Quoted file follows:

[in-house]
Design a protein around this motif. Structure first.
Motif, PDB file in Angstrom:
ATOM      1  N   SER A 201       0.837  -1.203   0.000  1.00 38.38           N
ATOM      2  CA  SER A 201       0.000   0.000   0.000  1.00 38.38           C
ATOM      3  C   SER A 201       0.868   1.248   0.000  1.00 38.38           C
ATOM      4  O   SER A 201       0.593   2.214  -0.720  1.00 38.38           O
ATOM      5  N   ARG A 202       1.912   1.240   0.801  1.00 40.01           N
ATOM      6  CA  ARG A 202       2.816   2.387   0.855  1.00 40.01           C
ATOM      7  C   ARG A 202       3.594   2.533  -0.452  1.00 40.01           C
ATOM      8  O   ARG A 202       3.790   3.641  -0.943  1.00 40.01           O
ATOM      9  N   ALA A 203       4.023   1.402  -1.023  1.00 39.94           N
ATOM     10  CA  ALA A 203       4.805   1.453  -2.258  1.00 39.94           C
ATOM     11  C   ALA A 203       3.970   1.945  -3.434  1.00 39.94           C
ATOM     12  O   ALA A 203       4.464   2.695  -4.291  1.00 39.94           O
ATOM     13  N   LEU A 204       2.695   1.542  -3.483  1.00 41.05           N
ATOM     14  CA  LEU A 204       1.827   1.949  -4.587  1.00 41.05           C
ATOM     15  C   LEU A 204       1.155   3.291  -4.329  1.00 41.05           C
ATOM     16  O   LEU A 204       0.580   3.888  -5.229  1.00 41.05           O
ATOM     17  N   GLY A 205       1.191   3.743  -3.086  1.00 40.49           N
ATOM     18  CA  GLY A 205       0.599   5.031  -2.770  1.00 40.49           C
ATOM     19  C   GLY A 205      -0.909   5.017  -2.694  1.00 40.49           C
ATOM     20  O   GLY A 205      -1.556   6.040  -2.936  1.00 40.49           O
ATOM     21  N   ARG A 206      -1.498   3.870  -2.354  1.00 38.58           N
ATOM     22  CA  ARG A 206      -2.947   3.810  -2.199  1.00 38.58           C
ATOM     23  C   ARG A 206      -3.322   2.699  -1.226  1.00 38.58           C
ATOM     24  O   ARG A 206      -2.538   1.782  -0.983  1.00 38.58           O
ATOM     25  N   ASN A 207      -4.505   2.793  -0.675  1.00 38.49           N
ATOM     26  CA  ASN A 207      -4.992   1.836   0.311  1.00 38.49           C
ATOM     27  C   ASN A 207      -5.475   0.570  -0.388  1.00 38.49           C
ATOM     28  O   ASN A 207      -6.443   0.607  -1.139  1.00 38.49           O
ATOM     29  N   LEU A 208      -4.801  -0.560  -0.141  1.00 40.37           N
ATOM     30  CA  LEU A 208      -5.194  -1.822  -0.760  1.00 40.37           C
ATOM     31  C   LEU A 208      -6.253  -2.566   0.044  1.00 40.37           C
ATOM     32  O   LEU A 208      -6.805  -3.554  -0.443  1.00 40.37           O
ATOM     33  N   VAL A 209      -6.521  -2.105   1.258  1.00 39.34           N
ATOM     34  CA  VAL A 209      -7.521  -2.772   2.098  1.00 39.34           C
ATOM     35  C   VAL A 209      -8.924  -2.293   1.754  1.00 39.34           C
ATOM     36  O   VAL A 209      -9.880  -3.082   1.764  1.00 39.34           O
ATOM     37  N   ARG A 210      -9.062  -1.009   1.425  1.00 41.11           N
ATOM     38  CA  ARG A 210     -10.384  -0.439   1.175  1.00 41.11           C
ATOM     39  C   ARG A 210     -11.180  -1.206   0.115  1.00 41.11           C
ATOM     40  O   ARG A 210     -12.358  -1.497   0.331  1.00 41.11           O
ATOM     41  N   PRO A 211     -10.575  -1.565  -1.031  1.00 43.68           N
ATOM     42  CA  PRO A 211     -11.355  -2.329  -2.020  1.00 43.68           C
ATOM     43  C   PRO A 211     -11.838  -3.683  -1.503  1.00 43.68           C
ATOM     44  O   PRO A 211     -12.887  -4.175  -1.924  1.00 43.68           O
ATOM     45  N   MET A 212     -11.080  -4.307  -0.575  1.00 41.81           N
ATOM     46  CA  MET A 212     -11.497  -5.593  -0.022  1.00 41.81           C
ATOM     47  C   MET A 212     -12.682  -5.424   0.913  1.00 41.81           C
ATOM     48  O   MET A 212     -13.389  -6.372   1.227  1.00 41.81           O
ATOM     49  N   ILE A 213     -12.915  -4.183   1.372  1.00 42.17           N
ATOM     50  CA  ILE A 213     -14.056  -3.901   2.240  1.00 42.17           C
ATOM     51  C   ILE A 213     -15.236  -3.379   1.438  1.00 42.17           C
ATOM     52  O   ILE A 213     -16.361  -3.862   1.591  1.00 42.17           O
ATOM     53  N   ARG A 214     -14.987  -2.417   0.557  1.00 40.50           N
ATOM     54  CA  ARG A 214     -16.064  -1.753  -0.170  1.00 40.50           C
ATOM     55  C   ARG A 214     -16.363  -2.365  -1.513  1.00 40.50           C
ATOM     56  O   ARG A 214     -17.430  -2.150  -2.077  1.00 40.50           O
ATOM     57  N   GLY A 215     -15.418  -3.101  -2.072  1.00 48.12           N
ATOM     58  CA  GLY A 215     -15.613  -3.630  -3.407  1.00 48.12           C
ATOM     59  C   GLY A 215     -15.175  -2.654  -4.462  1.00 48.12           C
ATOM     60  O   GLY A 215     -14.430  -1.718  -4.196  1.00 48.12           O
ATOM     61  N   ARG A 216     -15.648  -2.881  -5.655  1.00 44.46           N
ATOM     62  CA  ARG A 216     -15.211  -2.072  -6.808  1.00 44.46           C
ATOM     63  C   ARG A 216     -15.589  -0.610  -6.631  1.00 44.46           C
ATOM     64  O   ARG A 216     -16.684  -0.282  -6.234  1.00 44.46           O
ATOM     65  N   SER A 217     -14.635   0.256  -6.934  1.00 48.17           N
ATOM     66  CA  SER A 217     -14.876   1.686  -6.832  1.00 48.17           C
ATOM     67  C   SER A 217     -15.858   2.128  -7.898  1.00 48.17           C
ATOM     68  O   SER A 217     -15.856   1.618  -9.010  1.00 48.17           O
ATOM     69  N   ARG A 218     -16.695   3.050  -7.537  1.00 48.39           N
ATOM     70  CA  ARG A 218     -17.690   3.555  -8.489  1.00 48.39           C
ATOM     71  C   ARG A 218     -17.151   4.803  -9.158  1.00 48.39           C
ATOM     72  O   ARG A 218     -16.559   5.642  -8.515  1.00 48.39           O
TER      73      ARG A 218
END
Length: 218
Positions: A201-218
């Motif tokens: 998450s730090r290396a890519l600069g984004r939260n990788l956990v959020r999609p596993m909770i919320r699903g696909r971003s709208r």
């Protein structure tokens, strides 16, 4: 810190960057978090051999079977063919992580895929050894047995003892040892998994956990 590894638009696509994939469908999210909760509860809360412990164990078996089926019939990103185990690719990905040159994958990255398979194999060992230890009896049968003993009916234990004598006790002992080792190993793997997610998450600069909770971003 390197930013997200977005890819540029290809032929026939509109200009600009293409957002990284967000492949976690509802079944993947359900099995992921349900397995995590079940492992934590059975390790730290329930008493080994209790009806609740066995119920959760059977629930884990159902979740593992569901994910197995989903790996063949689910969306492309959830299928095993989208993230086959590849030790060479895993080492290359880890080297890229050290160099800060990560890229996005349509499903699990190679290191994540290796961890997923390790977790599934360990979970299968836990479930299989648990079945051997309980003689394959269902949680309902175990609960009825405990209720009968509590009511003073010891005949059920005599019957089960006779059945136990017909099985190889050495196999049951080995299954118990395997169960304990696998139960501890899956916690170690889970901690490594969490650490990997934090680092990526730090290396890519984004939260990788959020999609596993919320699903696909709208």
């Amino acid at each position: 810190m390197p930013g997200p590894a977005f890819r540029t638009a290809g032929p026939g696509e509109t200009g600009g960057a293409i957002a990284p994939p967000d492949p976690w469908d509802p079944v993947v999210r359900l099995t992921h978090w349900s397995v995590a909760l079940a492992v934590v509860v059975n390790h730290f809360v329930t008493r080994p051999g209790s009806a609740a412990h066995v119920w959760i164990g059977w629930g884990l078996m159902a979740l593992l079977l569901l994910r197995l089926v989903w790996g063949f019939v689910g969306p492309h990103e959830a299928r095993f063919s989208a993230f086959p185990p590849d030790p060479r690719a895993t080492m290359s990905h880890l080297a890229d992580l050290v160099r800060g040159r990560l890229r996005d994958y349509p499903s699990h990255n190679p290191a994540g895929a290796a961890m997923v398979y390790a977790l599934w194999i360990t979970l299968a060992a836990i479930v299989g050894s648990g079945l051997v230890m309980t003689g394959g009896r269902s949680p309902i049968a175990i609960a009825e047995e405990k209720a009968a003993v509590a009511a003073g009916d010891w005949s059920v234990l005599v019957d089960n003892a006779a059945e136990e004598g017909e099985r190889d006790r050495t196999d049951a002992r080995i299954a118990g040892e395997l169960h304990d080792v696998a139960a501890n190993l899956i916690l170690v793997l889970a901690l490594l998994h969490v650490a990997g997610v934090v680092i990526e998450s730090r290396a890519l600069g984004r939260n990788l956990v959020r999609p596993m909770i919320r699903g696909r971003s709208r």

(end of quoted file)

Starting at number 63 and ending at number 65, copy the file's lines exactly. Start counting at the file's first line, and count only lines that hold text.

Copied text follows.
ATOM     60  O   GLY A 215     -14.430  -1.718  -4.196  1.00 48.12           O
ATOM     61  N   ARG A 216     -15.648  -2.881  -5.655  1.00 44.46           N
ATOM     62  CA  ARG A 216     -15.211  -2.072  -6.808  1.00 44.46           C